Finca Resalso: A Spanish Wine Review

emilio moro

This very large Emilio Moro bottle was presented to celebrate Spain's victory in the 2010 World Cup.

Once upon a time there was Rioja. This was a region in Spain known for long-lived, muscular, spicy red wines. The wines were made from the Tempranillo grape, and they were sold and enjoyed all over Europe.  As far as the wine world was concerned, Rioja WAS Spanish wine.

Enter Vega Sicilia. I know this sounds like a Spanish guy with dark wavy hair and a skinny mustache, but this is also a wine. In the year 1864 it surprised the civilized world by being every bit as good as a Rioja, but not from Rioja.

Vega Sicilia came instead from a region on Spain’s northern plateau called Ribera del Duero, where the summers were hot and dry and the winters were hard and long. The extreme temperatures created good acid, tannins and phenolics in the grapes, resulting in complex and well-structured wines. Vega Sicilia’s wines became a hot item in the wine world, and started a rush to create more great wines near the Duero River.

Next to come along is Emilio Moro, who really is a Spanish guy (but I don’t know if he was dark and mustache’d). He used vineyards first planted in Ribera del Duero in 1932, and in 1989 released his first vintages of Emilio Moro wines. Since then, several of his labels have jumped to the top of the list of world-class Spanish reds.

Our final character is Finca Resalso, and this is not a guy but a wine. It is one of Bodegas Emilio Moro’s five reds, and although it’s made from the youngest vineyards and undergoes the least aging, it still ranks as one of “Spain’s Top Wine Values” (by a critic that’s a lot more renowned than me).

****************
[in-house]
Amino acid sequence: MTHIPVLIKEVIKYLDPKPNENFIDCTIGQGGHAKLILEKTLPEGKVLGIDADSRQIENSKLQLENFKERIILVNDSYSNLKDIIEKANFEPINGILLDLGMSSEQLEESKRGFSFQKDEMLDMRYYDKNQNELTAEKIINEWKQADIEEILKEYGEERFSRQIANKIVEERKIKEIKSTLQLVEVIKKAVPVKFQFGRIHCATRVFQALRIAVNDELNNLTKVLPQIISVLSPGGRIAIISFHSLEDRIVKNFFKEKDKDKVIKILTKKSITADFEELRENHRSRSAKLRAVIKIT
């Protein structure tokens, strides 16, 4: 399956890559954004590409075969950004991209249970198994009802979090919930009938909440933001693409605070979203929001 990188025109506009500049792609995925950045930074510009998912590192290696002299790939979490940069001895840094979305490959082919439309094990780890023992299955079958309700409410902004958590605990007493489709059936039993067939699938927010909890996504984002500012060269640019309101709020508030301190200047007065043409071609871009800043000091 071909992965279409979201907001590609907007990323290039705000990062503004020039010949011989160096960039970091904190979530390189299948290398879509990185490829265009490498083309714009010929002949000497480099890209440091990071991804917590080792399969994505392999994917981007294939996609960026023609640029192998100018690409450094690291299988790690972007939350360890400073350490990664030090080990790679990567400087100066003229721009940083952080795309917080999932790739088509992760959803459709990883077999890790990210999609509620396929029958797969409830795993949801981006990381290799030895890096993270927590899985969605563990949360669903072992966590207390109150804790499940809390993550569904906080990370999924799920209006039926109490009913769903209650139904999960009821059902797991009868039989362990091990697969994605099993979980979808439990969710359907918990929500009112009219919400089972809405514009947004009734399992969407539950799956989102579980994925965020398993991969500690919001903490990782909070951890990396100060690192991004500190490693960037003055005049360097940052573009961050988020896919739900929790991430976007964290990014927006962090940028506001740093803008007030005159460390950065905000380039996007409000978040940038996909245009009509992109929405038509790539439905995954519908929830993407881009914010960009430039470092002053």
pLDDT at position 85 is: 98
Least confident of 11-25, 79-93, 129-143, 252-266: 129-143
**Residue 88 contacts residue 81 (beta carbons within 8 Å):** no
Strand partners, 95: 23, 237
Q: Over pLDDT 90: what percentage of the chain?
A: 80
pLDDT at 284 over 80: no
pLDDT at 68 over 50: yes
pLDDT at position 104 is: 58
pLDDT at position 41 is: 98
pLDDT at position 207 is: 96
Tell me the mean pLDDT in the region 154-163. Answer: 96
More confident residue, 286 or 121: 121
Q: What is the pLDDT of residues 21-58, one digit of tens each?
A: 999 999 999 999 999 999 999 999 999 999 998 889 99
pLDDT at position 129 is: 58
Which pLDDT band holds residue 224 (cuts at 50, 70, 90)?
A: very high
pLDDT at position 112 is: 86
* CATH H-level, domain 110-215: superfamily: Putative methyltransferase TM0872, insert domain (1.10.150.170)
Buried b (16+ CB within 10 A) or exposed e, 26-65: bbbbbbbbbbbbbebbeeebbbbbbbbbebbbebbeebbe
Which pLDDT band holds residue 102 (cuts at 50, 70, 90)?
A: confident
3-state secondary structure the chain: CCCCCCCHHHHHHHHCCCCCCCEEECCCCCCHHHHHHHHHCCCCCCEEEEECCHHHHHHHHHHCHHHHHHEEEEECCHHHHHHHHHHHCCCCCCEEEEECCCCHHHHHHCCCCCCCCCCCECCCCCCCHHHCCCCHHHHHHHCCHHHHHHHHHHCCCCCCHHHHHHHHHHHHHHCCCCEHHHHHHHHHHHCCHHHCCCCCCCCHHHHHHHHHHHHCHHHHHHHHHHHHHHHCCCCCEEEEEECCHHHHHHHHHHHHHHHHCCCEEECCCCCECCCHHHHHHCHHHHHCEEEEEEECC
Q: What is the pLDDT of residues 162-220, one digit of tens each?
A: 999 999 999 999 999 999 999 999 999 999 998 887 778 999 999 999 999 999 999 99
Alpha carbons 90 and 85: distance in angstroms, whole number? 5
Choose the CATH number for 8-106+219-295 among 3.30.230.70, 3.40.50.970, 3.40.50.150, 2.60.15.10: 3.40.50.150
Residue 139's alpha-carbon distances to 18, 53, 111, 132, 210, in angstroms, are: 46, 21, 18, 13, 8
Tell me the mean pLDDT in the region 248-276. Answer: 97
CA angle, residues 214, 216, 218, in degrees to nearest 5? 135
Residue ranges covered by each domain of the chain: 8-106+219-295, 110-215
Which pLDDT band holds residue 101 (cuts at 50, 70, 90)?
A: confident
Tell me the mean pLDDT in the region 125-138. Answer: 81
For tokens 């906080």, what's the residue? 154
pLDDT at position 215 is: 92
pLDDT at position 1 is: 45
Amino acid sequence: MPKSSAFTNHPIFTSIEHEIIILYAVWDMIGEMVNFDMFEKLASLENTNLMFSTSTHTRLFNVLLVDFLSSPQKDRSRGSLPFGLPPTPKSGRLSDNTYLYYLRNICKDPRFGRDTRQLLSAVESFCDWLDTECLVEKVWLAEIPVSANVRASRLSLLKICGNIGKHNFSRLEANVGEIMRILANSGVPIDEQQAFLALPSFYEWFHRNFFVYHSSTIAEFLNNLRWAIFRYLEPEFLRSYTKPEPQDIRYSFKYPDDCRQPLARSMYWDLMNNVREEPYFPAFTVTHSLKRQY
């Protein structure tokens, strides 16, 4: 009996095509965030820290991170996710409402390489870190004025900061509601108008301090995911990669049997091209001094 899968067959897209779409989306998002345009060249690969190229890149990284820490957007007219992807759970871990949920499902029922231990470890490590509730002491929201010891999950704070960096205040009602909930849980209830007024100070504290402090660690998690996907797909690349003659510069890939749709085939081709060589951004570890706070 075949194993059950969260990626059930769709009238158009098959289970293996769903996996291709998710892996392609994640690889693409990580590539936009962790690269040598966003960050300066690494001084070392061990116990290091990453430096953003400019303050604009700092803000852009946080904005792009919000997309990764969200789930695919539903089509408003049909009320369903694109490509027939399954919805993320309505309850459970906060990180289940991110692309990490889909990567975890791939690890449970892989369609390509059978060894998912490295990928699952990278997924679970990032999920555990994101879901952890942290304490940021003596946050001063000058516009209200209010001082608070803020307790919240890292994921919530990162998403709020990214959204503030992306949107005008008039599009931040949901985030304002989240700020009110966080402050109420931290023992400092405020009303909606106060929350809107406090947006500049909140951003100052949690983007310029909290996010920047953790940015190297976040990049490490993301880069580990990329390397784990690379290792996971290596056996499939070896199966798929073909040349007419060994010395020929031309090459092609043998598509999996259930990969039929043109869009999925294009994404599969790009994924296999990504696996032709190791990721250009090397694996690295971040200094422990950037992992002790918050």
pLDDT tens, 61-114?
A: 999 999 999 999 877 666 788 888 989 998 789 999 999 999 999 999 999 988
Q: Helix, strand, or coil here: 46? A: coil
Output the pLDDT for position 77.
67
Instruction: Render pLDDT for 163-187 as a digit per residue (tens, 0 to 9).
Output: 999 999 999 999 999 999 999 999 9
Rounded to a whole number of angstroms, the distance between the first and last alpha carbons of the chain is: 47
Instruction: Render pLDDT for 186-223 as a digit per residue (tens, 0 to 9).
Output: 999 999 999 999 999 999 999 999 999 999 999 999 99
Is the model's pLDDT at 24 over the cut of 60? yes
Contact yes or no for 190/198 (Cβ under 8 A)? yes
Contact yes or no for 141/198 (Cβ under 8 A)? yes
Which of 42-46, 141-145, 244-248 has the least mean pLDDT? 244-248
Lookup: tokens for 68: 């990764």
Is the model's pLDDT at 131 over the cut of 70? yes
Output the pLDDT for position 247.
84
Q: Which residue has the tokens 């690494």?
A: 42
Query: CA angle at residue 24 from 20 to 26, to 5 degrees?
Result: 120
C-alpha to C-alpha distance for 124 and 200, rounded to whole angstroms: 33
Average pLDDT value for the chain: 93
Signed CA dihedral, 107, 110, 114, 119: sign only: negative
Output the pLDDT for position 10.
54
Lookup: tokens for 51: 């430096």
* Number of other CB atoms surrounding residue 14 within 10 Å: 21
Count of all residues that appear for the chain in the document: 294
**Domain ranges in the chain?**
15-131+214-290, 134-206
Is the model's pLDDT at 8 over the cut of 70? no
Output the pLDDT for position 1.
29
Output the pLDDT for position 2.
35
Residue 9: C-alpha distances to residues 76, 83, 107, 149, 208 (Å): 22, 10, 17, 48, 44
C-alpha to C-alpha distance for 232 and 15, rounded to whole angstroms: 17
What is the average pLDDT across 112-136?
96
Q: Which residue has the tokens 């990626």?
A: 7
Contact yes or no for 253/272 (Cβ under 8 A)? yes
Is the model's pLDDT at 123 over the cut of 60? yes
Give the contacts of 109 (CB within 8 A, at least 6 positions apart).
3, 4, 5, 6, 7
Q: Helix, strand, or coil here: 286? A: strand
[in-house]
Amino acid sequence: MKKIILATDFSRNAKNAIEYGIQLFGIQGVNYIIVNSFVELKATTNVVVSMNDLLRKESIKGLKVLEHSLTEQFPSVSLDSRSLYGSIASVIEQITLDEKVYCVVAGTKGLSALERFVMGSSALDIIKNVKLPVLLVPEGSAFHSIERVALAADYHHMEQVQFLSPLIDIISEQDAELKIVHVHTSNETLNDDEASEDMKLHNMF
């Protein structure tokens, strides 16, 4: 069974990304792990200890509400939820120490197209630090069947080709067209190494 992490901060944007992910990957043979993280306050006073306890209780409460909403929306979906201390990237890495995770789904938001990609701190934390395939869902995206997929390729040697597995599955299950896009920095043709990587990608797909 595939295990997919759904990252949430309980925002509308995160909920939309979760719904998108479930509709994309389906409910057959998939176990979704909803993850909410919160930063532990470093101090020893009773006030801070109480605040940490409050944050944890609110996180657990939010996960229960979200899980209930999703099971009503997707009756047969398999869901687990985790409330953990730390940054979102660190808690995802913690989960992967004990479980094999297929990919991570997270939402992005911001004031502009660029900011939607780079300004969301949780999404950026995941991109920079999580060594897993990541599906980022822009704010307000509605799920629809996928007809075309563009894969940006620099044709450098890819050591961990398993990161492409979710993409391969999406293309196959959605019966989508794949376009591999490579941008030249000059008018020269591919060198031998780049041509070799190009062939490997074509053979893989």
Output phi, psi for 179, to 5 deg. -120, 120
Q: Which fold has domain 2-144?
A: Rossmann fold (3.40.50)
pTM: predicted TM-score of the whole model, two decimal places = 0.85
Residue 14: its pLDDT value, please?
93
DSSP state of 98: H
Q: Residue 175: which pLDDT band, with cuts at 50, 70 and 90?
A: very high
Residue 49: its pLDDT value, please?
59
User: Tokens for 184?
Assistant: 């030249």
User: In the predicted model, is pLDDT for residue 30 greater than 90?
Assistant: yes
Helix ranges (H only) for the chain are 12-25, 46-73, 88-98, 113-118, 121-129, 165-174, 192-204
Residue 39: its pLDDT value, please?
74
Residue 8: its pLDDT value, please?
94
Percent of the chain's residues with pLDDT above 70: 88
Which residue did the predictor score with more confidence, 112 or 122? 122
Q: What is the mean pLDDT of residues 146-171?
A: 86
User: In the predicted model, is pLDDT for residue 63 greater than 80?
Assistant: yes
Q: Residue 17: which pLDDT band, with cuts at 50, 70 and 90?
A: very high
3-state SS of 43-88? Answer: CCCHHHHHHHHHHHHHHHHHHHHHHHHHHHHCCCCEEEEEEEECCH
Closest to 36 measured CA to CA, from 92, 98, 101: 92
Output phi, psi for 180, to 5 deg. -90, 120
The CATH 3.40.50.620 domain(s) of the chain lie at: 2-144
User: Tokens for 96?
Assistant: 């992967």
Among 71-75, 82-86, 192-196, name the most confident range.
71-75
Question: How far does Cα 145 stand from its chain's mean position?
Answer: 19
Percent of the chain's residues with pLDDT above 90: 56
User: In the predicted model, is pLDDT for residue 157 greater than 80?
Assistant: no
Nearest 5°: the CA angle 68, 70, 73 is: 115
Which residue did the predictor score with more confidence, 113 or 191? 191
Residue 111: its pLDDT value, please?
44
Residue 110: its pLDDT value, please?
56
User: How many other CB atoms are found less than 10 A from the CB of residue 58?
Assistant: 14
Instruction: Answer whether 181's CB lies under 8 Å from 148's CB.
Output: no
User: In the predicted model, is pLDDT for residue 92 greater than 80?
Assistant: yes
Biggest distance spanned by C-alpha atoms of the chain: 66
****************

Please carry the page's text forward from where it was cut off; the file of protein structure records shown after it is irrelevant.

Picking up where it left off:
After all that run-up, I’ll say quickly that Finca Resalso 2007 is a wine that’s easy to like. The fruit is 100% Tempranillo (called Tinto Fino in this region) from vineyards 5 to 15 years old, and it was aged for four months in French oak barrels. That’s not long by Spanish standards — even a Crianza, the first level of Rioja wine, is aged in oak for at least six months — but it’s enough to create a very bright and balanced food wine.

Like a Rioja, the nose suggests violets, cherry fruit and minerals. But the palate is more fruit-filled, with savory dark berries, a hint of spice and smoke, and soft, well-integrated tannins. And like all Spanish reds, Finca Resalso has a nice bite of acid that kicks in at the end, making it a great food-pairing wine. (I’d be in heaven if I had a glass of this wine and a big plate of Paella, but I’d need someone else to make the Paella and besides, I’m not in this story…)

There are many other great wines from Ribera Del Duero, and the rest of Spain. Many of them are the children of negociant Jorge Ordonez (a GREAT wine character I introduced in my last review), so you will do yourself a favor if you go out and buy all that you can find.

And they all lived happily ever after. The End.

Finca Resalso 2007 $18.99

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